When Bill Janklow was rising through the ranks in South Dakota, Steve Hemmingsen was a young reporter at KELOLAND News. Over the decades, the two men had many encounters
As a news anchor and political junkie, Hemmingsen can recall many times he and Janklow crossed paths. Those crossings weren't always pleasant.
"I remember one incident he called to criticize a reporter, at the time, one of our more benign reporters, and accused her of having an agenda. I finally told him, 'Bill, this time you have lost it; you're nuts.' By the end, he had cooled down and I found out then that if you had a case, then make your case and you're probably better off than you thought. If you just took it, he'd keep dishing it out," Hemmingsen said.
Hemmingsen adds that Janklow is likely the most colorful politician in South Dakota history and ranks as one of the most productive governors because of his progressive spirit and ability to get results. He also recalls how Janklow would be right in the thick of things when disasters would strike.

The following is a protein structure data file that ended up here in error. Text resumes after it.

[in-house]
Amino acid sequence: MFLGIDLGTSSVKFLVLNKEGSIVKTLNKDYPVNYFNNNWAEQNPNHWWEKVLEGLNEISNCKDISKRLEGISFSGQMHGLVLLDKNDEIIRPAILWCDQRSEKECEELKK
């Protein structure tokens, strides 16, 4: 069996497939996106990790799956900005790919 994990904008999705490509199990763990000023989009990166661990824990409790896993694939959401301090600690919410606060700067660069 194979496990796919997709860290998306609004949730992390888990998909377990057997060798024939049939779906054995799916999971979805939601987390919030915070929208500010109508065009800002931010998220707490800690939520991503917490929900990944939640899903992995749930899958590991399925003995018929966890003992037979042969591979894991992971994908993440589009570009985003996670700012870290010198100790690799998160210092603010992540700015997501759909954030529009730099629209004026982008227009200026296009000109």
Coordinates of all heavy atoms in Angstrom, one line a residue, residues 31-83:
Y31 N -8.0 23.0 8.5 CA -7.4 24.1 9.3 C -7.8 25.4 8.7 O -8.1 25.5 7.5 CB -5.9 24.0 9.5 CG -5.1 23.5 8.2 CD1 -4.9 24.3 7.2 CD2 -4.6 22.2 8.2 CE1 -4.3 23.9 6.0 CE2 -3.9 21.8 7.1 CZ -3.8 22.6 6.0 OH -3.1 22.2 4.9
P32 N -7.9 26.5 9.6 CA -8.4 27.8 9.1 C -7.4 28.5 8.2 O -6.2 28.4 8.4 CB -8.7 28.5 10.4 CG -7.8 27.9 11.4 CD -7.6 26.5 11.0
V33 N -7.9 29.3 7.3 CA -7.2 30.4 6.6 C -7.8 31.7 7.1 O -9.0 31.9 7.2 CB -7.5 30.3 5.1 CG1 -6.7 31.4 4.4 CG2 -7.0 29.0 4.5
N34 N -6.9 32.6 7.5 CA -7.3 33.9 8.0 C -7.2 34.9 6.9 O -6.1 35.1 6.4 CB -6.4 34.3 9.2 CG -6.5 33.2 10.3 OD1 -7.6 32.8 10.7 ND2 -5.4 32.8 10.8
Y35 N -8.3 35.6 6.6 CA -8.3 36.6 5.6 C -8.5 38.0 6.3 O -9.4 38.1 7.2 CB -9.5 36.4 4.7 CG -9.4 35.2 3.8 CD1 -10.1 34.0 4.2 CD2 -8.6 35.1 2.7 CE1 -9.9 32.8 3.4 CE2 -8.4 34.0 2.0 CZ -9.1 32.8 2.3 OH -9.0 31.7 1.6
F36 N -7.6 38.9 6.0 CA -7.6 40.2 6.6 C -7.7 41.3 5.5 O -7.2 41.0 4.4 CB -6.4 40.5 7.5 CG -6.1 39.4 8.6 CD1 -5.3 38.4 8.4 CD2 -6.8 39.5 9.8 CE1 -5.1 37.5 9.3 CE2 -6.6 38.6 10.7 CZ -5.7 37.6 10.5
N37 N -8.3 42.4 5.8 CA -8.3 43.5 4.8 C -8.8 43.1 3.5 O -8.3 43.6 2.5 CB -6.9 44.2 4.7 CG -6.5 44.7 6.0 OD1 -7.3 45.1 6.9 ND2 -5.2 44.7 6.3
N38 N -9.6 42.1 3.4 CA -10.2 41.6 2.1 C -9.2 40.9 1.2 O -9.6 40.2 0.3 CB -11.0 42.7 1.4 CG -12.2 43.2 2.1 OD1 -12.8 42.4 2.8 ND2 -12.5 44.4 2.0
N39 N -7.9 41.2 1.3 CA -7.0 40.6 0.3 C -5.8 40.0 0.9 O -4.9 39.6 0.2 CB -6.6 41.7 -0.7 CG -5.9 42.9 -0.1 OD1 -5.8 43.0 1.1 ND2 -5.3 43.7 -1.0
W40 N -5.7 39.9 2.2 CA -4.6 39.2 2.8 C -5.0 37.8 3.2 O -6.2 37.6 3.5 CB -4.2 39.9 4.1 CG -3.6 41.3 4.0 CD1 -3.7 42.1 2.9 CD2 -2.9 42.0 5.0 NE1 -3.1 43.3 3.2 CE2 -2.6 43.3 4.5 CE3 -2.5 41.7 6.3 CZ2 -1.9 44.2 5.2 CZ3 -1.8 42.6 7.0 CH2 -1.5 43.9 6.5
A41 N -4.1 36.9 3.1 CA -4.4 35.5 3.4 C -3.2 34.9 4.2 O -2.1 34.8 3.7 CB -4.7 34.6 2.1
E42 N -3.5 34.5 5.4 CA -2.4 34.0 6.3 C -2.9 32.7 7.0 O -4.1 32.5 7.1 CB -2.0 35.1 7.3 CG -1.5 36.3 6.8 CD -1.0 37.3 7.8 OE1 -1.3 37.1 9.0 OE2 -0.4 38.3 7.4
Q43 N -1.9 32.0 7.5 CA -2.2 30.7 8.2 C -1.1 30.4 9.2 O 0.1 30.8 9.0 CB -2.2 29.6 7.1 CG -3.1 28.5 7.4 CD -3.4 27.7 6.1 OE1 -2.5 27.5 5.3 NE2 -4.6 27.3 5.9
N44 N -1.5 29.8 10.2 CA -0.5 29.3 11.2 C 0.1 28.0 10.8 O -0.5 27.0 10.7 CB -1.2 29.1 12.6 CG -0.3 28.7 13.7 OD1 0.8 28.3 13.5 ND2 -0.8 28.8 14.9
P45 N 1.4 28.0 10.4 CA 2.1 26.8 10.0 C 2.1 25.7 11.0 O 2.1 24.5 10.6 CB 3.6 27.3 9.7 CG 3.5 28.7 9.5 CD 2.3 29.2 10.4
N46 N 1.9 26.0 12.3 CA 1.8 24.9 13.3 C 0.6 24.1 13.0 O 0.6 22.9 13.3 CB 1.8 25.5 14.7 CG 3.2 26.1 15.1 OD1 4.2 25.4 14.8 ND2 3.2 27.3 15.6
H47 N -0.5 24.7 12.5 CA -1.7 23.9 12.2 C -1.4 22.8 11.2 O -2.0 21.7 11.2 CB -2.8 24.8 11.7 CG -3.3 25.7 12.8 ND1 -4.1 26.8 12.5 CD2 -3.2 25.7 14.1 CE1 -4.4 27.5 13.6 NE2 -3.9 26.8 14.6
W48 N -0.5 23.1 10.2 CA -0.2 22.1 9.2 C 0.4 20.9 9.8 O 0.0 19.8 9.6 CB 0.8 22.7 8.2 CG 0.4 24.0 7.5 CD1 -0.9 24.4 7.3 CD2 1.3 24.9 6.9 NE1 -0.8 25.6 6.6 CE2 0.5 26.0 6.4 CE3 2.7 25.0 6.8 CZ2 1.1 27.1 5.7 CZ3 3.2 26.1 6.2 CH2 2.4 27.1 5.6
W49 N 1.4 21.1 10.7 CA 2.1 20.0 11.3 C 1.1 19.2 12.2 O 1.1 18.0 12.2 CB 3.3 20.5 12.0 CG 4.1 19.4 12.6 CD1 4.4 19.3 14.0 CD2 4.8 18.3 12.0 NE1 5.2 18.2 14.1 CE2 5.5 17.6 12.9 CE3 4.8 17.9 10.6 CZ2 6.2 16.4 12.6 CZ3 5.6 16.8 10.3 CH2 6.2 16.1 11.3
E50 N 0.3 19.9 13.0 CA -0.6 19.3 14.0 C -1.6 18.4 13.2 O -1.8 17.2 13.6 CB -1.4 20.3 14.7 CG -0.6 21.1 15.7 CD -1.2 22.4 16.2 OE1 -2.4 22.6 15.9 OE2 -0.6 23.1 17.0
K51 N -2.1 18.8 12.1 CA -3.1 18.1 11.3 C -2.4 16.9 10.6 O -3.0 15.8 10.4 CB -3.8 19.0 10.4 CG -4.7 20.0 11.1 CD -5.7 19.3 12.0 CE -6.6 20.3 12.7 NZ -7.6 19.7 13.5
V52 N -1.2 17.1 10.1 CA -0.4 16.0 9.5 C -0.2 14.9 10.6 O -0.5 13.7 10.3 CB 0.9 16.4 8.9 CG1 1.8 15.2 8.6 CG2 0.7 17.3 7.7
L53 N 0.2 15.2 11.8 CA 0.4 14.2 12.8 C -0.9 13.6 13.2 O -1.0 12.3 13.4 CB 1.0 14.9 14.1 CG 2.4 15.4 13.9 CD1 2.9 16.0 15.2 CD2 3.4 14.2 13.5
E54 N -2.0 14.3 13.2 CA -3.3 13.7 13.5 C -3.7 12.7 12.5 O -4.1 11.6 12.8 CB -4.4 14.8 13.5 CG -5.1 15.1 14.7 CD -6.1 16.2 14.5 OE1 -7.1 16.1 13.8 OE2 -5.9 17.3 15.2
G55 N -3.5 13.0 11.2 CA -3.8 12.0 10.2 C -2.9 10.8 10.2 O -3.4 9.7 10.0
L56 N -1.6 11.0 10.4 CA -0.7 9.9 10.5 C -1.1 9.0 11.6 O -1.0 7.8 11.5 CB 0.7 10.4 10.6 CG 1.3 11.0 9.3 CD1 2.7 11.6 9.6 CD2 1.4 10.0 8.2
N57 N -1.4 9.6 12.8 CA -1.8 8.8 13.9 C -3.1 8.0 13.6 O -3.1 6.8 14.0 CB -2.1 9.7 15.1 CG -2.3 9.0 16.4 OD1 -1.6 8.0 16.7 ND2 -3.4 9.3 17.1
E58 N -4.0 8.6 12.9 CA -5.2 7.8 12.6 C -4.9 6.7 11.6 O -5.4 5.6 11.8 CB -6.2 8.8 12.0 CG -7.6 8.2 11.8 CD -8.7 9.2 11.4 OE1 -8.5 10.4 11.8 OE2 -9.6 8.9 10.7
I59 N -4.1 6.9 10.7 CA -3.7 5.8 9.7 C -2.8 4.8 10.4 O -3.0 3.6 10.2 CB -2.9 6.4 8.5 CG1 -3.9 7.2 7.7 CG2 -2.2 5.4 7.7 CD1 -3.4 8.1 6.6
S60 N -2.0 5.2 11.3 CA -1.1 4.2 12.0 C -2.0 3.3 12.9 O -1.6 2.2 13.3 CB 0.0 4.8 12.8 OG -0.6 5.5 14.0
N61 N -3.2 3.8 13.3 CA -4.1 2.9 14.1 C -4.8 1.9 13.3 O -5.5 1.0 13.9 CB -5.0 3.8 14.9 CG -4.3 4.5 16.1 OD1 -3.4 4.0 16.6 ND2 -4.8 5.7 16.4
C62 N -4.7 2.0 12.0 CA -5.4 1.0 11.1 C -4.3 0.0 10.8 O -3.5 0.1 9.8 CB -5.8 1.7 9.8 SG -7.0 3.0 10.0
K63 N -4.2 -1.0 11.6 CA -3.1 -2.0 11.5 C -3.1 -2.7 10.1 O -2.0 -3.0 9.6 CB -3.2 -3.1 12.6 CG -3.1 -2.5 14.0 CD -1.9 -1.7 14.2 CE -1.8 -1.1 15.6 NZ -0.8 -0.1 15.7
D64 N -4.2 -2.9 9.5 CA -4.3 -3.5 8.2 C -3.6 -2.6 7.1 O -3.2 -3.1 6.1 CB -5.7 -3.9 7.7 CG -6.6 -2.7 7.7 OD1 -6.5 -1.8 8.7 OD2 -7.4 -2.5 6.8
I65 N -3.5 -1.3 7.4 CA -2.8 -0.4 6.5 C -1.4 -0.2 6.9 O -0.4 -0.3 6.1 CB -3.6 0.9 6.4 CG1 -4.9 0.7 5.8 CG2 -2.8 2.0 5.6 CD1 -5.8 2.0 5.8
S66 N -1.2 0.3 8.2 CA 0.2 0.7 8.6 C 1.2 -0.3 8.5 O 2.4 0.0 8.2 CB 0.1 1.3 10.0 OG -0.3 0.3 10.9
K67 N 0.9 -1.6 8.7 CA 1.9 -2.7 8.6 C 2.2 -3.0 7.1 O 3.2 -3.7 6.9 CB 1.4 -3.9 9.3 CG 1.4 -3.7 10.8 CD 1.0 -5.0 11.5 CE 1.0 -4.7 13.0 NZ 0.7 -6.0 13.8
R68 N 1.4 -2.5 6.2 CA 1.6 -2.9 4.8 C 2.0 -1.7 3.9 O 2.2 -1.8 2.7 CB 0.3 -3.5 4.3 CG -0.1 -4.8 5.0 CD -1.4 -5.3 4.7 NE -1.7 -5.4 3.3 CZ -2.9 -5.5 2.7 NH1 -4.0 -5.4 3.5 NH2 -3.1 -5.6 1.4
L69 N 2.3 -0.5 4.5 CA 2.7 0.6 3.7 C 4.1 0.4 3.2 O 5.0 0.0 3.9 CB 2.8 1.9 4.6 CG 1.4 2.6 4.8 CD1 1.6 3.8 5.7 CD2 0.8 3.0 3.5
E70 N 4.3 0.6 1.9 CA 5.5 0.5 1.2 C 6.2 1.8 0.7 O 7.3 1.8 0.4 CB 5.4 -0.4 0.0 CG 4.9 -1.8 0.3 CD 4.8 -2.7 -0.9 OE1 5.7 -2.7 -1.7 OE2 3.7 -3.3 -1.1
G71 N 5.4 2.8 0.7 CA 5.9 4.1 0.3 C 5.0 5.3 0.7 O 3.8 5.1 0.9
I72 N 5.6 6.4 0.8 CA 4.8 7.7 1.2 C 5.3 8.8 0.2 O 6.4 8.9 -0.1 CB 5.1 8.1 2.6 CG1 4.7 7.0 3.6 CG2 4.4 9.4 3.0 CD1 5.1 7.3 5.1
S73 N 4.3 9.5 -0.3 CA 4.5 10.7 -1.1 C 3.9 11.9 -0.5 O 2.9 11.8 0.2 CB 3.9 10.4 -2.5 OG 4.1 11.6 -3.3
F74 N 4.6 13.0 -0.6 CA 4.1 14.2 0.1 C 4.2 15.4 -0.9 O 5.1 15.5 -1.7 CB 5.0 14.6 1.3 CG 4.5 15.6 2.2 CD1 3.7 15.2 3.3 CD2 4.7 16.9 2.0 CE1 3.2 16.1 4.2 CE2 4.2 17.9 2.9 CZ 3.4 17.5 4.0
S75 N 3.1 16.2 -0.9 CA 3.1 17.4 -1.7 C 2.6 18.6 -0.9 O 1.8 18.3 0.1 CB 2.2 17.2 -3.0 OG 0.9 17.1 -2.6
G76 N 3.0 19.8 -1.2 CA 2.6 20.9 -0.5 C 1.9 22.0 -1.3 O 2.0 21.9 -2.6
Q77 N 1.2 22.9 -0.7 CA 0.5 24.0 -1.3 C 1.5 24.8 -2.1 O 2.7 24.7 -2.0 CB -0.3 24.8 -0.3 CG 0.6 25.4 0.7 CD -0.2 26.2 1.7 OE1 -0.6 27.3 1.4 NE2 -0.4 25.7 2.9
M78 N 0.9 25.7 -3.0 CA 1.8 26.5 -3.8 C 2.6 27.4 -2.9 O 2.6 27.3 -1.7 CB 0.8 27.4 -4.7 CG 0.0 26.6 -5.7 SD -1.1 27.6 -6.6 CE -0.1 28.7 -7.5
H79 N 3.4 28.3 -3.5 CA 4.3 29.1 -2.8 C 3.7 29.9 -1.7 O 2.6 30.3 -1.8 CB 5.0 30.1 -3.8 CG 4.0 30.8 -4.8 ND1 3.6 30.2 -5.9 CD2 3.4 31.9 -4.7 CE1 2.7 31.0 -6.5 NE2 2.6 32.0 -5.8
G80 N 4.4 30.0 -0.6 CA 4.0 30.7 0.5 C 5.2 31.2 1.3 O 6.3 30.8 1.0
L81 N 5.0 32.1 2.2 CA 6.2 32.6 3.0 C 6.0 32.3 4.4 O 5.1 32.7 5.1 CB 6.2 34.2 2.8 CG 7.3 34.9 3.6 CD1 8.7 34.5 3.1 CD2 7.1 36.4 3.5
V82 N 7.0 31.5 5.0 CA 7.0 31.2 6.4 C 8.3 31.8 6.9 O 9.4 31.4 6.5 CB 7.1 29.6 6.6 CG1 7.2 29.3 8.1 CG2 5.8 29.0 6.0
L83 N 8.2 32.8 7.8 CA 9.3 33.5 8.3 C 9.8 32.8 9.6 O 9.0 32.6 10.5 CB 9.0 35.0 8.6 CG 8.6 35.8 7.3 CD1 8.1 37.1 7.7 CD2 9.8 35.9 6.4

"He was very hands on. I think he kind of enjoyed the chase as it was. Not the incidents; they were all tragedies, but I think he liked being in the middle and being hands on," Hemmingsen said.
Hemmingsen calls the passing of Janklow an end of an era. He says the four-term governor was a one-of-a-kind man.
"There were a lot of people who loved him. A lot of people who loathed him. A lot of people who just plain adored him. A lot of people who were just plain scared of him, with some good reason I think. I think across the board, most of them ended up respecting him," Hemmingsen said.
A respect South Dakotans will pay when Janklow is laid to rest next week.
Hemmingsen adds that the only other governor in South Dakota history who may have been as progressive and productive as Janklow was Peter Norbeck who served from 1917 to 1921.